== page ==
What does it mean to be a Pitch a Dream Volunteer?

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Pitch a Dream Volunteers at a school in Suba, Kenya – 2017

Dream Workshops Volunteer:

Description:

Dream Workshop Volunteers would be working in rural primary schools to implement the Dream Workshops curriculum. The Dream Workshops curriculum aims to provide children in rural primary schools with access to reading material, mentorship and skill development training. We enter into 3-year partnerships with each rural school in which the volunteers would be implementing. Partnerships for us mean that the schools and the children have something to contribute to the program and we aim to empower them from the start!

Our expectation of Dream Workshops Volunteers:

  1. Participate in training sessions

We would like to get to know you; what your interests are, why you want to work with kids, what skills you have that would be an asset for kids. We also want to be able to share our values, discuss the ethics of working with children and introduce the Dream Workshops curriculum.

  1. Support facilitation of Dream Workshop sessions

Once we have ascertained that you have an in-depth understanding of the Dream Workshops curriculum, trained volunteers will first shadow and provide support for Dream Workshop sessions in school. This will mean working alongside a more experienced volunteer. We don’t want to throw you into the deep end so this is an opportunity to learn best practice in implementing Dream Workshops.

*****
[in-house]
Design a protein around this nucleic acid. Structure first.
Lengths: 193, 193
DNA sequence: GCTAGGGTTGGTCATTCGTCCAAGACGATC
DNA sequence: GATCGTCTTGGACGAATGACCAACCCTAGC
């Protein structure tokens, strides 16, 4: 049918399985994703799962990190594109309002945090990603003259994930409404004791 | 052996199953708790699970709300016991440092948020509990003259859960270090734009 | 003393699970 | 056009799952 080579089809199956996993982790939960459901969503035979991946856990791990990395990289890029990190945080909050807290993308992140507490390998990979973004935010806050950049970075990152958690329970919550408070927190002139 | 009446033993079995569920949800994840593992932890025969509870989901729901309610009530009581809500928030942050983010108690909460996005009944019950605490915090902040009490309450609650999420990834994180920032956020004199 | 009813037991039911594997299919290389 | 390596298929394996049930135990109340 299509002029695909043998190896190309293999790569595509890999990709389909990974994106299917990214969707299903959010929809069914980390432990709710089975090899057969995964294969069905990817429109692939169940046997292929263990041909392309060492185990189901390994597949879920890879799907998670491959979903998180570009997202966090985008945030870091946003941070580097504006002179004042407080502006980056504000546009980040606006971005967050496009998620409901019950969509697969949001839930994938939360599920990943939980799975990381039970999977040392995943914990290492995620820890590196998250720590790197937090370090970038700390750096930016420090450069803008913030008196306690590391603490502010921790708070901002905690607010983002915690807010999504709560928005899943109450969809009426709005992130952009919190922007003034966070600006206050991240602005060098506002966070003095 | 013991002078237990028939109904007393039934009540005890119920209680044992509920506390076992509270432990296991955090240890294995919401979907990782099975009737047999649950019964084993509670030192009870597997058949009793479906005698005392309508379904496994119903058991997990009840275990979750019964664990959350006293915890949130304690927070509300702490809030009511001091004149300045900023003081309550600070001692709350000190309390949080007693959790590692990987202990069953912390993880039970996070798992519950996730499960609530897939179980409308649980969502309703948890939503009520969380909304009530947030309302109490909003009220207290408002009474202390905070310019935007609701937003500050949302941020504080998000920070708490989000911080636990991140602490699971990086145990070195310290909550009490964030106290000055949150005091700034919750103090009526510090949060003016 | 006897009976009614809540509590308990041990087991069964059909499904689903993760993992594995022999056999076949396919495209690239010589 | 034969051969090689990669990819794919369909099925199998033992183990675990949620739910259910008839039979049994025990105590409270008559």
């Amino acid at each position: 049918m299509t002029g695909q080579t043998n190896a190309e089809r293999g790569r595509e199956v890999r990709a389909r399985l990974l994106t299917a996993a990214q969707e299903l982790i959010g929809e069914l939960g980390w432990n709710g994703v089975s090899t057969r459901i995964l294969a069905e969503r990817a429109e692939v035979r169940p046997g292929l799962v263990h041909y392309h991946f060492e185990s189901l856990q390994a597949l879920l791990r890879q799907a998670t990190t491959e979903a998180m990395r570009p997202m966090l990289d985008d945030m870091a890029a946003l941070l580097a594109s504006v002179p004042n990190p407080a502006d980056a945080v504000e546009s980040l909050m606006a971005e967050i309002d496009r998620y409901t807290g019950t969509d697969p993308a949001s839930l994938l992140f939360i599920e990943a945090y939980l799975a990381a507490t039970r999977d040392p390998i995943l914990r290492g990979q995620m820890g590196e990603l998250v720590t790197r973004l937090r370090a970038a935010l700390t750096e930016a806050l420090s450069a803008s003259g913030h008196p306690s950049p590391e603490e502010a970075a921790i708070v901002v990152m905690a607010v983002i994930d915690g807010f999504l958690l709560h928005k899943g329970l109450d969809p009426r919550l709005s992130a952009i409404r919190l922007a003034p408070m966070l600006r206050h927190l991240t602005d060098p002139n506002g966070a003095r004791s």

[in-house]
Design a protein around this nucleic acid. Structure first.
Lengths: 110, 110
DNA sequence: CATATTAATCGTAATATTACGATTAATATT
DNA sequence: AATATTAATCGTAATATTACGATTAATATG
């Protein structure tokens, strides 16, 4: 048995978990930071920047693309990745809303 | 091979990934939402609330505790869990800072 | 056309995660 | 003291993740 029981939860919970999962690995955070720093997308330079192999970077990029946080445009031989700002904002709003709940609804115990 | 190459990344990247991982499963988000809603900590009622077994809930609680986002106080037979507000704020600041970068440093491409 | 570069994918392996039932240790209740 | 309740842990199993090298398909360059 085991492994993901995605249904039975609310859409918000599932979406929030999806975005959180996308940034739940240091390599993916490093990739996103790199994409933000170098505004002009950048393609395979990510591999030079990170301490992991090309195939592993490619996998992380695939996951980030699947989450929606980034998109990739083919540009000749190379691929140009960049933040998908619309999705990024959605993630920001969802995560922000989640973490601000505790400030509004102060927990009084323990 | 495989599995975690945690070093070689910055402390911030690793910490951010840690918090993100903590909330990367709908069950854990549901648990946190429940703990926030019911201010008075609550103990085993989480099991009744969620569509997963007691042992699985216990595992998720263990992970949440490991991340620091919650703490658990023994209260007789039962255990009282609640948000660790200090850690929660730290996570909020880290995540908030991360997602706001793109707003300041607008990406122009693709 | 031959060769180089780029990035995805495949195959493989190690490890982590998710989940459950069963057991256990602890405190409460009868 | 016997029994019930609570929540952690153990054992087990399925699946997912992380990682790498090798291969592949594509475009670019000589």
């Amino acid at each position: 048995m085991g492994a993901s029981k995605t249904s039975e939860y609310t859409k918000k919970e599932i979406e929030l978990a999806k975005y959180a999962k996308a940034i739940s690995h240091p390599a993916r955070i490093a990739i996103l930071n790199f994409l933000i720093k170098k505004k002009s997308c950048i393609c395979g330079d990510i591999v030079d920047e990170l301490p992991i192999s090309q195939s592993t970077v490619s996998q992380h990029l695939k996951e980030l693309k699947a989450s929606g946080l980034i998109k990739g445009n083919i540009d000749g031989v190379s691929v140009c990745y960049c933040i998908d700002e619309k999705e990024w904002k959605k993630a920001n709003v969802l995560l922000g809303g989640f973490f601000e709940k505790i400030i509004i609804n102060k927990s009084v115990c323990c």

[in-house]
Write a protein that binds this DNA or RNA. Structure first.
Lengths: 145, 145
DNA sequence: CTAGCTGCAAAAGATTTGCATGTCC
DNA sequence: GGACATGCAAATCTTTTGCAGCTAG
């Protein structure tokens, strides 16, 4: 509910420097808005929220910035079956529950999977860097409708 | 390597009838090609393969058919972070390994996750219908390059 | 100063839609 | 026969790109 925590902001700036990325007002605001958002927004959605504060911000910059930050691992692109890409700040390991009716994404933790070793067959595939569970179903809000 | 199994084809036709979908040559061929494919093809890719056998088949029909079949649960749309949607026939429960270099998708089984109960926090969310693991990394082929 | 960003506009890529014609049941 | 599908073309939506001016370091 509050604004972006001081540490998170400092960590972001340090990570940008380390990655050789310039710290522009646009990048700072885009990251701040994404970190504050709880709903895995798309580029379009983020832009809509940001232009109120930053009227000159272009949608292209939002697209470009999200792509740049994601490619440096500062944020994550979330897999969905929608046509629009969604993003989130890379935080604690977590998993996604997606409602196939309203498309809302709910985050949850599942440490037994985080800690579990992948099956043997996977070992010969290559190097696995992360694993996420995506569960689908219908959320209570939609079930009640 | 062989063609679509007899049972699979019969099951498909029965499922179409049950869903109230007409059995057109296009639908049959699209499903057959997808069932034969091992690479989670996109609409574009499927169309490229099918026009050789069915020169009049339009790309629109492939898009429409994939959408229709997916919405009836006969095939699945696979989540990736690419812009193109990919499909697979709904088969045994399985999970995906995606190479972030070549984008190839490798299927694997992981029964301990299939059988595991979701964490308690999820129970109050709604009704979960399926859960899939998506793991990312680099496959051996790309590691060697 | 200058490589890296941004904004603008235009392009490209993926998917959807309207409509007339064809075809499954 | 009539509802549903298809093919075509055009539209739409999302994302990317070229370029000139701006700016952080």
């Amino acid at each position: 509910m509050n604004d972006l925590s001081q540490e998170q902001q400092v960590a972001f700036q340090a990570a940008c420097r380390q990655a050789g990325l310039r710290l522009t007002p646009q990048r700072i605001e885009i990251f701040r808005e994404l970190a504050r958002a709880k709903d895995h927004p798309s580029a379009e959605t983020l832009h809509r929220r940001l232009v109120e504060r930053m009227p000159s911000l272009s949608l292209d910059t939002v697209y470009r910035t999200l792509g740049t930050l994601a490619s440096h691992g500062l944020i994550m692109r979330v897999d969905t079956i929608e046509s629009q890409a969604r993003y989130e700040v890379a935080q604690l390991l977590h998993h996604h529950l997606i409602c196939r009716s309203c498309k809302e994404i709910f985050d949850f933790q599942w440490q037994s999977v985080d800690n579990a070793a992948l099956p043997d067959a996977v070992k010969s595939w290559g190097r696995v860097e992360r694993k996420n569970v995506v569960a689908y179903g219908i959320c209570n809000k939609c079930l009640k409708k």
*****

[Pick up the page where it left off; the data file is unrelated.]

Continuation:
1. Facilitate a Dream Workshop session

Once we have ascertained that the volunteer has been trained and has shadowed someone else then we provide a chance to facilitate a session alongside other volunteers. This ensures that volunteers continually have the support they need to run a successful session(s).

Benefits of becoming a Dream Workshops Volunteer:

  1. Certificate of participation:

Once a volunteer has participated in 6 Dream Workshops they are awarded a certificate of participation that they can use for their own professional growth.

  1. Recommendation letters:

After 6 successful Dream Workshops, a volunteer will receive a recommendation letter they can use for their personal growth.

  1. A chance to give back:

We believe in the power of reaching back once. Being a Dream Volunteer ensures that you inspire other kids.

 Training Dates & application:

  1. We will have regular Dream Workshop trainings starting June 2018. If interested send us your CV and a cover letter expressing: What would you be bringing to the lives of children in rural schools across Kenya?
  2. If you want to apply email us at pitchadream@gmail.com
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Pitch a Dream Volunteers in Othaya, Kenya – 2016

 FAQs:

How much time would I be expected to contribute as a Pitch a Dream Volunteer?

You can volunteer as often as you would like to! We understand that you’re probably busy, so once you have received the mandatory training we will add you to our email list and you can get first-hand information of all upcoming training sessions that you may choose to participate in.

Is the Dream Workshops Training mandatory?

Yes. Children are a vulnerable group who deserve the highest level of care. With this in mind, we believe that this training ensures that volunteers understand not just our values as Pitch a Dream but best practices required when working with kids.

 What kind of skills are you looking for in a Dream Workshop Volunteer?

Dream Workshops range from reading and writing skills training to technology and innovation sessions to mentorship. We therefore need a diverse set of skills! Email your CV to us at pitchadream@gmail.com and we will reach back out with the skills that would be the most value add to the program.

Do I need to have previous experience working with kids to apply?